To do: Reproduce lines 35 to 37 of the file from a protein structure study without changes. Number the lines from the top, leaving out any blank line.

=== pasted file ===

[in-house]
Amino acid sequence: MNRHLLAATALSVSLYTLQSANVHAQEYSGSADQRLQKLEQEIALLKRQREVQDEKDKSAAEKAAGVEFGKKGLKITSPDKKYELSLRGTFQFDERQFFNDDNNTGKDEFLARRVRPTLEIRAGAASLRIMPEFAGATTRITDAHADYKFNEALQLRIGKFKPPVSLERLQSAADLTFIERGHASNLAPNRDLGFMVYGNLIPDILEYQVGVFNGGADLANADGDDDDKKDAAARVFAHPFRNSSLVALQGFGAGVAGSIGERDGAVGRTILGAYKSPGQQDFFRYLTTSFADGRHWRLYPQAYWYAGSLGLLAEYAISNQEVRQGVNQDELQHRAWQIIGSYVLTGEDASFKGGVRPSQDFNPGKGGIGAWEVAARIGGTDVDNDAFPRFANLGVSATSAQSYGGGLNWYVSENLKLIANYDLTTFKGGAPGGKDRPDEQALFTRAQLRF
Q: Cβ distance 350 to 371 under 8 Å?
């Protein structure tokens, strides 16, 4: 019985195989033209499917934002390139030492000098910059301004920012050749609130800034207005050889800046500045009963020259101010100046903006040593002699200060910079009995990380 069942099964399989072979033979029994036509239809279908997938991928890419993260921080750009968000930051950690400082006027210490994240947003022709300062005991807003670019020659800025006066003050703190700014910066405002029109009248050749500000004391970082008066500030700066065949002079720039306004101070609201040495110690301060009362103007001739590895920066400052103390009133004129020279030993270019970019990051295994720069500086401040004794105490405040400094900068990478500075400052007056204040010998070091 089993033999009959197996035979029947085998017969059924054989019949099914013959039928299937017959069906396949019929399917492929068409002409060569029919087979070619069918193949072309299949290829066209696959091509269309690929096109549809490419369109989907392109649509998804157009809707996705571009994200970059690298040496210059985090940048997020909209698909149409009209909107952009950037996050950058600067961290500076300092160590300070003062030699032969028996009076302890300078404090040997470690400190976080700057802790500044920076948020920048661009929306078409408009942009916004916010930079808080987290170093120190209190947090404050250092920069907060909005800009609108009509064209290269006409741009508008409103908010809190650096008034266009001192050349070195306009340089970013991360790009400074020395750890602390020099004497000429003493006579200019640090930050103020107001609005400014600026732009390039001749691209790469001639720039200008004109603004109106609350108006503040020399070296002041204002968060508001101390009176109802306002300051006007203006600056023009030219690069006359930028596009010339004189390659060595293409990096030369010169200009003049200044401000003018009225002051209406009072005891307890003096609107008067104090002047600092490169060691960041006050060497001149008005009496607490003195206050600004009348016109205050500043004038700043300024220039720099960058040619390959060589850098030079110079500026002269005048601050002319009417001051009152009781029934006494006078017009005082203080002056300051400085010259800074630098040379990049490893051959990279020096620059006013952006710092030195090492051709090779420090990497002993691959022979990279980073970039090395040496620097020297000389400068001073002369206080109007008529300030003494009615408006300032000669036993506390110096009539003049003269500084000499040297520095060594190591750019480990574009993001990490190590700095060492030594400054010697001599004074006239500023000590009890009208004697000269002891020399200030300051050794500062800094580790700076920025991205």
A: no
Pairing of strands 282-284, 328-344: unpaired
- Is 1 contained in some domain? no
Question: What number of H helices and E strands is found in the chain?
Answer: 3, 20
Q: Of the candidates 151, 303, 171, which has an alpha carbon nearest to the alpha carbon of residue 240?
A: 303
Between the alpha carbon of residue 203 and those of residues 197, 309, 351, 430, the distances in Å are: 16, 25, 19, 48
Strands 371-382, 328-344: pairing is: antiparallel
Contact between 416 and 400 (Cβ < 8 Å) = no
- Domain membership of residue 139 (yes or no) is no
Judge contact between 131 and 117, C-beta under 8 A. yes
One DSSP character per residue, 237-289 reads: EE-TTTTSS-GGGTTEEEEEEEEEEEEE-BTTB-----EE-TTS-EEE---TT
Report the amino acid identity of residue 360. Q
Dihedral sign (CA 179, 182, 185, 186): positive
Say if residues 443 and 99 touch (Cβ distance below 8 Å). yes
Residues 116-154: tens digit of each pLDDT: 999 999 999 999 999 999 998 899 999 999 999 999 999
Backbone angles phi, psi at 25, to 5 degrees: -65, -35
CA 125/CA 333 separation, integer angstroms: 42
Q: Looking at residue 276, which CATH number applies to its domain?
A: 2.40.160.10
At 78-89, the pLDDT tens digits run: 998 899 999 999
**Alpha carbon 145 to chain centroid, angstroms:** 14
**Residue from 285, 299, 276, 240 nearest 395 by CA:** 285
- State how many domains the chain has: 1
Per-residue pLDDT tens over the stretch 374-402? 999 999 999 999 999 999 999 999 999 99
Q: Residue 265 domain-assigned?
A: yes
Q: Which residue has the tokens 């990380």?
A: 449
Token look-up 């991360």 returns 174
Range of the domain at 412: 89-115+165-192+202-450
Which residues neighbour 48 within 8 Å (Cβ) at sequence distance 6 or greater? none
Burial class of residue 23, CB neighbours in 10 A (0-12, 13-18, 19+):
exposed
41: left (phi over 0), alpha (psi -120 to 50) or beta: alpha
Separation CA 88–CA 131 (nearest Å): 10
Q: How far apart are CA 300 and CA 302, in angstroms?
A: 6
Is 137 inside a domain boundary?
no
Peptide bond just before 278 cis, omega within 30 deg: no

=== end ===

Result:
Token look-up 């991360």 returns 174
Range of the domain at 412: 89-115+165-192+202-450
Which residues neighbour 48 within 8 Å (Cβ) at sequence distance 6 or greater? none